J. Nucl. Phy. Mat. Sci. Rad. A.

In silico Analysis of the Structural Properties of PSMA and its Energetic Relationship with Zn as Cofactor

M.A. Fuentes, L. A. Mandujano, R. López, L.R. Guarneros, E. Azorín, D. Osorio-González

KEYWORDS

PSMA structural analysis, PSMA with and without Zn as cofactor.

PUBLISHED DATE August 6, 2018
PUBLISHER The Author(s) 2018. This article is published with open access at www.chitkara.edu.in/publications.
ABSTRACT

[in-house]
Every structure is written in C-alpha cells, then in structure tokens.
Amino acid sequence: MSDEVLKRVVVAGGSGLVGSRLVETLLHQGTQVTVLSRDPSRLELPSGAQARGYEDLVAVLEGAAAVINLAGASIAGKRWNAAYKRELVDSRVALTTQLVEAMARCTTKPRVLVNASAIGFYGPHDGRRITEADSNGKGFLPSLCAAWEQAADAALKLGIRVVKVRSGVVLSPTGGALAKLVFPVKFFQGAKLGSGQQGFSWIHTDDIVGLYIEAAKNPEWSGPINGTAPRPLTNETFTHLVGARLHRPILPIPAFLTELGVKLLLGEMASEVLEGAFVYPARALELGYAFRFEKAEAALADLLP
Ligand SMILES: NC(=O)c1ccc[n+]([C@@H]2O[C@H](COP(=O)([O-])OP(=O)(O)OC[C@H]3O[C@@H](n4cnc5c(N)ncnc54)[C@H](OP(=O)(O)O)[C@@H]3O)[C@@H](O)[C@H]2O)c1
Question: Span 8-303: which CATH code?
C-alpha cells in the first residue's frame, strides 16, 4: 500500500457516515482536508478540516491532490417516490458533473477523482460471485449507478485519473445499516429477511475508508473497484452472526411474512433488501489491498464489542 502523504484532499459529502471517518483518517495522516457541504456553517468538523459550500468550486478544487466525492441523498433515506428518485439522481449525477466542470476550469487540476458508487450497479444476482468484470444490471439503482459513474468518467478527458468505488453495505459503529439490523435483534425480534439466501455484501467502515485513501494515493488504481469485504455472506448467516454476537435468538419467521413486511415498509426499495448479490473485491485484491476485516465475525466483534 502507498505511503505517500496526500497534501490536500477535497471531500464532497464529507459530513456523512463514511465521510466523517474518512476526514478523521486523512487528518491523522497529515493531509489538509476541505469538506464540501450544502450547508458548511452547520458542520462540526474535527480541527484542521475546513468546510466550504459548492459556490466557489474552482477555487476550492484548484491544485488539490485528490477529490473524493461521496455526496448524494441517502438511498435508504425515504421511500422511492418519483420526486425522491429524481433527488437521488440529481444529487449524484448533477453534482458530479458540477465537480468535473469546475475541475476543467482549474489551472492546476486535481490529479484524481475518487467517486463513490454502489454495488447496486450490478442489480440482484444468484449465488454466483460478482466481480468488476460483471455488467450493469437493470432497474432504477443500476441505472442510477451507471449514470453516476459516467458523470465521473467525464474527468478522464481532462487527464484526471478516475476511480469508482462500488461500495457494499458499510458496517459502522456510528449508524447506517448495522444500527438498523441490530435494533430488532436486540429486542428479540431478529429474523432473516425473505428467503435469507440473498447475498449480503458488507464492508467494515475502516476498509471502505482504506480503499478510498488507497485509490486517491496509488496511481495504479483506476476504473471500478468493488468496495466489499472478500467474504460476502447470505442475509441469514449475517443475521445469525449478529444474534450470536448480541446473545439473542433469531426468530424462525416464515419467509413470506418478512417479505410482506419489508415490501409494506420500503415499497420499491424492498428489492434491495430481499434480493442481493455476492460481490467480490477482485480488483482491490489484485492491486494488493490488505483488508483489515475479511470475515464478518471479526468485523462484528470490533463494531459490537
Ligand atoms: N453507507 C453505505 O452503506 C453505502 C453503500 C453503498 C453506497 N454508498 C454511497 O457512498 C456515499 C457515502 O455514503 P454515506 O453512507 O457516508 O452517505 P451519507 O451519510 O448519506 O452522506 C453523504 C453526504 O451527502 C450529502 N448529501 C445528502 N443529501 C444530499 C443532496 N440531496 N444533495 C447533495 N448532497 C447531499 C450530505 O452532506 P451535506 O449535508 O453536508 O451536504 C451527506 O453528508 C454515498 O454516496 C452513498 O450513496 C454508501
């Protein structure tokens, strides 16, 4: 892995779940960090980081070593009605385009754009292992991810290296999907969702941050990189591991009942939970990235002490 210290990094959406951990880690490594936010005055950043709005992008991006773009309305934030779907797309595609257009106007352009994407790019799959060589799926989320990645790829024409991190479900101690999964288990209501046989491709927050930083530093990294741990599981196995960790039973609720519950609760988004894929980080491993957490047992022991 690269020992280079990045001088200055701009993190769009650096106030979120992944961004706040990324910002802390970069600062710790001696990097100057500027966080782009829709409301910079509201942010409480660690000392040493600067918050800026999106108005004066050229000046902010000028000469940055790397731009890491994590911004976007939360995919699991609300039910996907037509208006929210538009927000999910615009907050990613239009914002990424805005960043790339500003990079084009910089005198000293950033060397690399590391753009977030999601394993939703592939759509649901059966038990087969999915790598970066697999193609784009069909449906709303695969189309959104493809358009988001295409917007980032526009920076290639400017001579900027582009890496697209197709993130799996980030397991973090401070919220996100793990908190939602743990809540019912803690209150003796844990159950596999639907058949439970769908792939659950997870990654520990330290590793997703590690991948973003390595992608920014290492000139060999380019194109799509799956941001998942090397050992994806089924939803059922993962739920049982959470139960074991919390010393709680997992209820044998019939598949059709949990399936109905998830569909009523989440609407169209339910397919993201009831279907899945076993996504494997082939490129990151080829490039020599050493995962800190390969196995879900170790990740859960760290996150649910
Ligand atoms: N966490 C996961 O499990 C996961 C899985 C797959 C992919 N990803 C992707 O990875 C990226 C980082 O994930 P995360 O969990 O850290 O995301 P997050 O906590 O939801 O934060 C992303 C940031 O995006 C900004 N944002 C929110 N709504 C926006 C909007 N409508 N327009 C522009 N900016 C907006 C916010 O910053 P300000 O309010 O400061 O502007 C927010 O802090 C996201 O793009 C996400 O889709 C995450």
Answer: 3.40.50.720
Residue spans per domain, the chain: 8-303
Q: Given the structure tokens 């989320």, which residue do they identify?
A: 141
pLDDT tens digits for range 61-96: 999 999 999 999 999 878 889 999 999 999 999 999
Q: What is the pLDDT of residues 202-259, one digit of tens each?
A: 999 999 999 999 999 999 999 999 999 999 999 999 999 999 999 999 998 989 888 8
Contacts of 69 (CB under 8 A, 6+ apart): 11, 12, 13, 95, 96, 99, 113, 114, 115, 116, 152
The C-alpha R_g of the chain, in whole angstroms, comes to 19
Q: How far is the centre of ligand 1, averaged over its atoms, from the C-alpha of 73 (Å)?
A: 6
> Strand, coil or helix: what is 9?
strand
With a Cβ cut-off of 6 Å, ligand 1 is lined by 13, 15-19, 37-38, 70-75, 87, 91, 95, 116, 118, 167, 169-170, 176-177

The prostate-specific membrane antigen (PSMA) is a 100 kDa type II transmembrane glycoprotein with enzymatic activity similar to the family of zinc-dependent exopeptidases. This protein is of great medical and pharmacological interest as overexpression in prostate cells is related to the progression of prostate cancer; therefore, it represents an important target for the design of radiopharmaceuticals. The presence of two Zn2+ ions in the active site is crucial to the enzymatic activity and the design of high-affinity inhibitors. The amino acid residues coordinating these ions are highly conserved in PSMA orthologs from plants to mammals, and site-mutagenesis assays of these residues show a loss of enzymatic function or reduction of the kinetic parameters. In the present work, we performed molecular dynamics simulation of PSMA with the purpose of characterizing it energetically and structurally. We elucidated the differences of PSMA with its two Zn+2 ions as cofactors and without them in the free energy profile, and in four structural parameters: root mean square deviations and root mean square fluctuations by atom and amino acid residue, radius of gyration, and solvent accessible surface area.